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Scenario: I come across a question that is poorly written, but is very new (like a few minutes old). If the question were older (as in an hour or so), I would submit a close-vote. However, since the question is very new, I like to give the OP a chance to improve the question, so I don't close-vote immediately. Instead, I comment on the question. In my comment I try to point out the issues with the question (e.g. "What do you mean by... ?"). Then, I keep the question open in a background tab and return to it later (like in 5 minutes or so).

However, sometimes I just don't feel like investing in a question like that, so I just abandon it. Which is why I had this idea. Imagine if you could set a reminder for a particular question. You would set the time (e.g. 30 minutes), and an optional message (e.g. "close-vote if question hasn't been improved").

Of course, if OP responds to my comment, I don't need the reminder. But from my experience, new users tend to ignore constructive comments, and just focus on getting a solution without having to invest any more time in explaining the issue.

So, with this feature, I could:

  1. comment on the question (pointing out how the question should be improved),
  2. set a reminder (30 minutes),
  3. if the OP responds to my comment, I get the notification; otherwise I get the reminder after the specified time.

Btw, this feature is trivial to implement in JavaScript using localStorage.

So, what do you think?

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If it's really easy, why don't you implement it, post it on You'll become hugely famous if it's popular :) – Mat Oct 25 '12 at 18:28
I like this idea. Jeff made a strong philosophical counter-argument once to the effect that a post should be evaluated as seen at that second, no matter how old it is. It was in response to a very similar suggestion that I made (I'll dig up the link in a second). However, that suggestion was related to downvotes. I didn't think of applying the idea to closevotes back then - it makes much more sense that way. – Pëkka Oct 25 '12 at 18:30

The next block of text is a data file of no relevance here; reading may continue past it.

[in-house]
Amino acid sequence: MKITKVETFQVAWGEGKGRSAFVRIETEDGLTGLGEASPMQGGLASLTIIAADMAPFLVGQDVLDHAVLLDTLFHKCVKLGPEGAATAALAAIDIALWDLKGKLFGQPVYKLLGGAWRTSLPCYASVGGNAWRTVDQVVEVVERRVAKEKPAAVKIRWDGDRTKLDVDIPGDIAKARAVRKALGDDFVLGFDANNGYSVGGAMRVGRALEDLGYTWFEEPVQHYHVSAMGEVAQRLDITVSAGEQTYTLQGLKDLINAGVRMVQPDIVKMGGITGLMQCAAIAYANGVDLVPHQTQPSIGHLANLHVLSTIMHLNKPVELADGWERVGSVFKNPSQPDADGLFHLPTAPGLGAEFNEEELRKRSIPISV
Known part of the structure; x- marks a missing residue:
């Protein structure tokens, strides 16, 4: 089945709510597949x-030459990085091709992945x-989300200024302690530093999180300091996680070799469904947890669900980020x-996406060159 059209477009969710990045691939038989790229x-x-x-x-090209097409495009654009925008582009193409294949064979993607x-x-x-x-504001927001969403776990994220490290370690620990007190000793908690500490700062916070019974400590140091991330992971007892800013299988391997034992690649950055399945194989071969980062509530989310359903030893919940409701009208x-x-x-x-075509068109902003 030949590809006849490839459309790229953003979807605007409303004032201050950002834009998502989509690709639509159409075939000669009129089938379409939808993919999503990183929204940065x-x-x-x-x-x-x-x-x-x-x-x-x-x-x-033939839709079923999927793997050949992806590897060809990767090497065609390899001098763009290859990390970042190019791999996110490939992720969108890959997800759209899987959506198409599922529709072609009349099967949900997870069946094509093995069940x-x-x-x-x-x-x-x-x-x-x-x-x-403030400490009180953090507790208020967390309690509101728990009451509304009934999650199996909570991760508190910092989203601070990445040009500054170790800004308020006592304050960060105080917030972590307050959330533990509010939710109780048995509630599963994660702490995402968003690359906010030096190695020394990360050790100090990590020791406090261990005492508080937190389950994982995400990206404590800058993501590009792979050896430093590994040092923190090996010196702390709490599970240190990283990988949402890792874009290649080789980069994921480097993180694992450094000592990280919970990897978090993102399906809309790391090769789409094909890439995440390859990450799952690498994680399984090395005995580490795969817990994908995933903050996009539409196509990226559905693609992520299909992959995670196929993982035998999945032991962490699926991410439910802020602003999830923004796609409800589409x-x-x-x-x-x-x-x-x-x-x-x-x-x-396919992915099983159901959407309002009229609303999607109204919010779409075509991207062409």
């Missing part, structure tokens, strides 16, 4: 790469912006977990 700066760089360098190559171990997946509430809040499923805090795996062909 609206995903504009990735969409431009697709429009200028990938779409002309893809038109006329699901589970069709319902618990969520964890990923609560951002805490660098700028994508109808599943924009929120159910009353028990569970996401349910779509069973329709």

This will complicate the system I personally don't like it. You'd be adding elements to the UI which may become confusing. – JonH Oct 25 '12 at 18:32
@JonH yeah - it would definitely be something that should be shown to power users only, or by choice. – Pëkka Oct 25 '12 at 18:33
This was my suggestion from back in the day (NOT a dupe): Introduce timed downvotes actually, Jeff's argument wasn't in that suggestion. It must have been somewhere else – Pëkka Oct 25 '12 at 18:33
@Pekka But I think it will still complicate the UI even if it's a power user. If Jeff mentioned that I can see why. – JonH Oct 25 '12 at 18:33
@Mat Yes, I could do that. :) I'd have to familiarize myself with the SO JS API, I guess, and right now is really bad for me, since I'm working on my first video. I'll put it on my TODO list. – Šime Vidas Oct 25 '12 at 18:37
@Jon I think I've come around to seeing it your way. :) Šime - I'd still be very interested in seeing this as an add-on! Who knows, maybe using the tool works out totally different than we think it will. – Pëkka Oct 25 '12 at 19:02
@Pekka I'd definitively use such a feature, so much is sure :) We'll see... – Šime Vidas Oct 25 '12 at 19:37

I initially liked the idea, but on further thinking, it suffers from the same problem as did my similar suggestion to introduce timed downvotes: it would add a huge amount of complexity for relatively little gain.

I, too, want to be gentle to newbies, and I'm still hesitant to welcome them with negative voting. However, these days, I closevote straight away anyway, and sometimes even downvote.

This is for three reasons:

  • There's simply too many bad questions.

  • Most OP's simply aren't worth delaying or second-guessing your negative vote, because they aren't going to fix their question anyway because they don't care or don't know what's expected of them.

  • For those OP's who are actively interested in improving their question, there is usually enough time for them to do so before the required five close votes trickle in that seal the question's fate. The five vote threshold is most often already enough of a delay.

I guess I largely buy into Jeff Atwood's philosophy now: that a question should be evaluated as it is in the moment you look at it, and not based on some theoretical improvement in the future. (I can't find where he said this right now.)

If anything, I'd favour an approach that puts the onus of acting completely on the asker: if my question gets closed or downvoted, give me one shot - just one - to ping @downvoters and @closevoters when I've edited it, and appeal to them to reconsider their vote. This requires the OP's active interest in getting their question revived.

But then, there is a solution already that doesn't require a feature at all. When closevoting, we could leave comments to the effect of:

I voted to close because I think the following is wrong with this question: ....... ping me when you fix this problem so I can vote to reopen.

this would have almost the same effect, but not require a new feature at all.

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